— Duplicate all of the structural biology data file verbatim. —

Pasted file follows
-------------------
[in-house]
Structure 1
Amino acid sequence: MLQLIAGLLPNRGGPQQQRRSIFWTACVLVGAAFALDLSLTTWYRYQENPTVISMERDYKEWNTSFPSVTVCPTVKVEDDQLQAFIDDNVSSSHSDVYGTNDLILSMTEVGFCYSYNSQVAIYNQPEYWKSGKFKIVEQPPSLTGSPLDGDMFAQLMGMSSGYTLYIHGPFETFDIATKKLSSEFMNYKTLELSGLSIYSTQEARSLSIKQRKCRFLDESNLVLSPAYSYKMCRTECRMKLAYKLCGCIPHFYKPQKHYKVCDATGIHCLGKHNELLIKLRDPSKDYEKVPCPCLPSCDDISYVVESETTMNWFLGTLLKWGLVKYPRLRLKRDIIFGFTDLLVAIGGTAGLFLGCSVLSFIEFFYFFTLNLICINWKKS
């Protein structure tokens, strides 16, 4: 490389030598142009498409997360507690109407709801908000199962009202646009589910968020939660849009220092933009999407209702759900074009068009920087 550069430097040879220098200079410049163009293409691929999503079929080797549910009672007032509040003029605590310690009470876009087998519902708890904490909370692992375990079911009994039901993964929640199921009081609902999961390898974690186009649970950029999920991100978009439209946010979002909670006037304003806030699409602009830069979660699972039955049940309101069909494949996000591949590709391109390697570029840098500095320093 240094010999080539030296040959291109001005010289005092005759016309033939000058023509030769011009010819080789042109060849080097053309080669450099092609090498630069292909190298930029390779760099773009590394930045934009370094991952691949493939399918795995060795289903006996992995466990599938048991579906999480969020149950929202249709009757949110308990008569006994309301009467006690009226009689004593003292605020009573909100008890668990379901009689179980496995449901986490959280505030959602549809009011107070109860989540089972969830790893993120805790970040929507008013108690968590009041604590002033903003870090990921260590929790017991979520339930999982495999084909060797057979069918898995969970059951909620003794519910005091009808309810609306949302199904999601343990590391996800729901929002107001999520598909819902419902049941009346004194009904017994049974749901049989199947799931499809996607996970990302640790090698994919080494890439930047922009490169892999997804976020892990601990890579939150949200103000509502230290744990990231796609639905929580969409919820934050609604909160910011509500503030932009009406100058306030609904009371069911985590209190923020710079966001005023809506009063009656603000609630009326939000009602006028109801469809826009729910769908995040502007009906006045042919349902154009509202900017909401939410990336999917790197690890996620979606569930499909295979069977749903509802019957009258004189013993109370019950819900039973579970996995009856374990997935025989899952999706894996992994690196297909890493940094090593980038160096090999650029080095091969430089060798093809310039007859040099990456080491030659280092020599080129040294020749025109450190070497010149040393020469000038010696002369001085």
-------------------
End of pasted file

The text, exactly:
[in-house]
Structure 1
Amino acid sequence: MLQLIAGLLPNRGGPQQQRRSIFWTACVLVGAAFALDLSLTTWYRYQENPTVISMERDYKEWNTSFPSVTVCPTVKVEDDQLQAFIDDNVSSSHSDVYGTNDLILSMTEVGFCYSYNSQVAIYNQPEYWKSGKFKIVEQPPSLTGSPLDGDMFAQLMGMSSGYTLYIHGPFETFDIATKKLSSEFMNYKTLELSGLSIYSTQEARSLSIKQRKCRFLDESNLVLSPAYSYKMCRTECRMKLAYKLCGCIPHFYKPQKHYKVCDATGIHCLGKHNELLIKLRDPSKDYEKVPCPCLPSCDDISYVVESETTMNWFLGTLLKWGLVKYPRLRLKRDIIFGFTDLLVAIGGTAGLFLGCSVLSFIEFFYFFTLNLICINWKKS
């Protein structure tokens, strides 16, 4: 490389030598142009498409997360507690109407709801908000199962009202646009589910968020939660849009220092933009999407209702759900074009068009920087 550069430097040879220098200079410049163009293409691929999503079929080797549910009672007032509040003029605590310690009470876009087998519902708890904490909370692992375990079911009994039901993964929640199921009081609902999961390898974690186009649970950029999920991100978009439209946010979002909670006037304003806030699409602009830069979660699972039955049940309101069909494949996000591949590709391109390697570029840098500095320093 240094010999080539030296040959291109001005010289005092005759016309033939000058023509030769011009010819080789042109060849080097053309080669450099092609090498630069292909190298930029390779760099773009590394930045934009370094991952691949493939399918795995060795289903006996992995466990599938048991579906999480969020149950929202249709009757949110308990008569006994309301009467006690009226009689004593003292605020009573909100008890668990379901009689179980496995449901986490959280505030959602549809009011107070109860989540089972969830790893993120805790970040929507008013108690968590009041604590002033903003870090990921260590929790017991979520339930999982495999084909060797057979069918898995969970059951909620003794519910005091009808309810609306949302199904999601343990590391996800729901929002107001999520598909819902419902049941009346004194009904017994049974749901049989199947799931499809996607996970990302640790090698994919080494890439930047922009490169892999997804976020892990601990890579939150949200103000509502230290744990990231796609639905929580969409919820934050609604909160910011509500503030932009009406100058306030609904009371069911985590209190923020710079966001005023809506009063009656603000609630009326939000009602006028109801469809826009729910769908995040502007009906006045042919349902154009509202900017909401939410990336999917790197690890996620979606569930499909295979069977749903509802019957009258004189013993109370019950819900039973579970996995009856374990997935025989899952999706894996992994690196297909890493940094090593980038160096090999650029080095091969430089060798093809310039007859040099990456080491030659280092020599080129040294020749025109450190070497010149040393020469000038010696002369001085």